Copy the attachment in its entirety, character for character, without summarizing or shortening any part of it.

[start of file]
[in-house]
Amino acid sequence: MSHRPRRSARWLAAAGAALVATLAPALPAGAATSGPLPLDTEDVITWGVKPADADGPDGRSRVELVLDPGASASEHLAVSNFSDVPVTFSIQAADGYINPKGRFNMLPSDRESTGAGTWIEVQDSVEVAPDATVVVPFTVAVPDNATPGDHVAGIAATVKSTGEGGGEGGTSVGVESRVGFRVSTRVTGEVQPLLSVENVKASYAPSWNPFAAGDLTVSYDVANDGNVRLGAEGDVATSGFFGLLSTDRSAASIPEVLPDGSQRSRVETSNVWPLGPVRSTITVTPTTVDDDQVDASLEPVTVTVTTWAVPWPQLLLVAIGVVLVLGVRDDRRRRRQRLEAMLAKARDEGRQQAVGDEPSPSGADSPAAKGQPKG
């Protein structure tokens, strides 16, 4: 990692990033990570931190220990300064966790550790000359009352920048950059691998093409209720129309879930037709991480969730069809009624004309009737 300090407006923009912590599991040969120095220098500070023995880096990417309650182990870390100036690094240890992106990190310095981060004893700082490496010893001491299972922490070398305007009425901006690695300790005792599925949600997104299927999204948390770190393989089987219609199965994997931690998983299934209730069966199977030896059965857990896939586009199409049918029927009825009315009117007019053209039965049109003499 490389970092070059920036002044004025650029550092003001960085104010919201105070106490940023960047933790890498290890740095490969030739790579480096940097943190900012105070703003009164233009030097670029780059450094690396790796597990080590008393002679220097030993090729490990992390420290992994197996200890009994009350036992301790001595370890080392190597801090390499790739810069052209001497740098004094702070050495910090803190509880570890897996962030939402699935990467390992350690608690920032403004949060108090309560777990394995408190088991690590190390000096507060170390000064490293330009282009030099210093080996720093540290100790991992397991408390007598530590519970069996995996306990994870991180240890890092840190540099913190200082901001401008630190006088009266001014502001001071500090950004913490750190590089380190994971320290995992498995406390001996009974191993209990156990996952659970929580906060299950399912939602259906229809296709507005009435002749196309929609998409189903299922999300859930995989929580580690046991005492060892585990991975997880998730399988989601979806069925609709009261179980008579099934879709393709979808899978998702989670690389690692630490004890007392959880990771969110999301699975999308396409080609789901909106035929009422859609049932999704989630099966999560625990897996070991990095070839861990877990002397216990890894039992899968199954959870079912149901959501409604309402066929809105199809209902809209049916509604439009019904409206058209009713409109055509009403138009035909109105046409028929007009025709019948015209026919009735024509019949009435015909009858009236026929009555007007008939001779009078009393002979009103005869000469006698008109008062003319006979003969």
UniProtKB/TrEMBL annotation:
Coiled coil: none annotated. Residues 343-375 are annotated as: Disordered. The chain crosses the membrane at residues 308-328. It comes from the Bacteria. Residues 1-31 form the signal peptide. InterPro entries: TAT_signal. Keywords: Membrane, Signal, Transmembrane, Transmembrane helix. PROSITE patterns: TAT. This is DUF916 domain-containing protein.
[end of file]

[in-house]
Amino acid sequence: MSHRPRRSARWLAAAGAALVATLAPALPAGAATSGPLPLDTEDVITWGVKPADADGPDGRSRVELVLDPGASASEHLAVSNFSDVPVTFSIQAADGYINPKGRFNMLPSDRESTGAGTWIEVQDSVEVAPDATVVVPFTVAVPDNATPGDHVAGIAATVKSTGEGGGEGGTSVGVESRVGFRVSTRVTGEVQPLLSVENVKASYAPSWNPFAAGDLTVSYDVANDGNVRLGAEGDVATSGFFGLLSTDRSAASIPEVLPDGSQRSRVETSNVWPLGPVRSTITVTPTTVDDDQVDASLEPVTVTVTTWAVPWPQLLLVAIGVVLVLGVRDDRRRRRQRLEAMLAKARDEGRQQAVGDEPSPSGADSPAAKGQPKG
């Protein structure tokens, strides 16, 4: 990692990033990570931190220990300064966790550790000359009352920048950059691998093409209720129309879930037709991480969730069809009624004309009737 300090407006923009912590599991040969120095220098500070023995880096990417309650182990870390100036690094240890992106990190310095981060004893700082490496010893001491299972922490070398305007009425901006690695300790005792599925949600997104299927999204948390770190393989089987219609199965994997931690998983299934209730069966199977030896059965857990896939586009199409049918029927009825009315009117007019053209039965049109003499 490389970092070059920036002044004025650029550092003001960085104010919201105070106490940023960047933790890498290890740095490969030739790579480096940097943190900012105070703003009164233009030097670029780059450094690396790796597990080590008393002679220097030993090729490990992390420290992994197996200890009994009350036992301790001595370890080392190597801090390499790739810069052209001497740098004094702070050495910090803190509880570890897996962030939402699935990467390992350690608690920032403004949060108090309560777990394995408190088991690590190390000096507060170390000064490293330009282009030099210093080996720093540290100790991992397991408390007598530590519970069996995996306990994870991180240890890092840190540099913190200082901001401008630190006088009266001014502001001071500090950004913490750190590089380190994971320290995992498995406390001996009974191993209990156990996952659970929580906060299950399912939602259906229809296709507005009435002749196309929609998409189903299922999300859930995989929580580690046991005492060892585990991975997880998730399988989601979806069925609709009261179980008579099934879709393709979808899978998702989670690389690692630490004890007392959880990771969110999301699975999308396409080609789901909106035929009422859609049932999704989630099966999560625990897996070991990095070839861990877990002397216990890894039992899968199954959870079912149901959501409604309402066929809105199809209902809209049916509604439009019904409206058209009713409109055509009403138009035909109105046409028929007009025709019948015209026919009735024509019949009435015909009858009236026929009555007007008939001779009078009393002979009103005869000469006698008109008062003319006979003969």
UniProtKB/TrEMBL annotation:
Coiled coil: none annotated. Residues 343-375 are annotated as: Disordered. The chain crosses the membrane at residues 308-328. It comes from the Bacteria. Residues 1-31 form the signal peptide. InterPro entries: TAT_signal. Keywords: Membrane, Signal, Transmembrane, Transmembrane helix. PROSITE patterns: TAT. This is DUF916 domain-containing protein.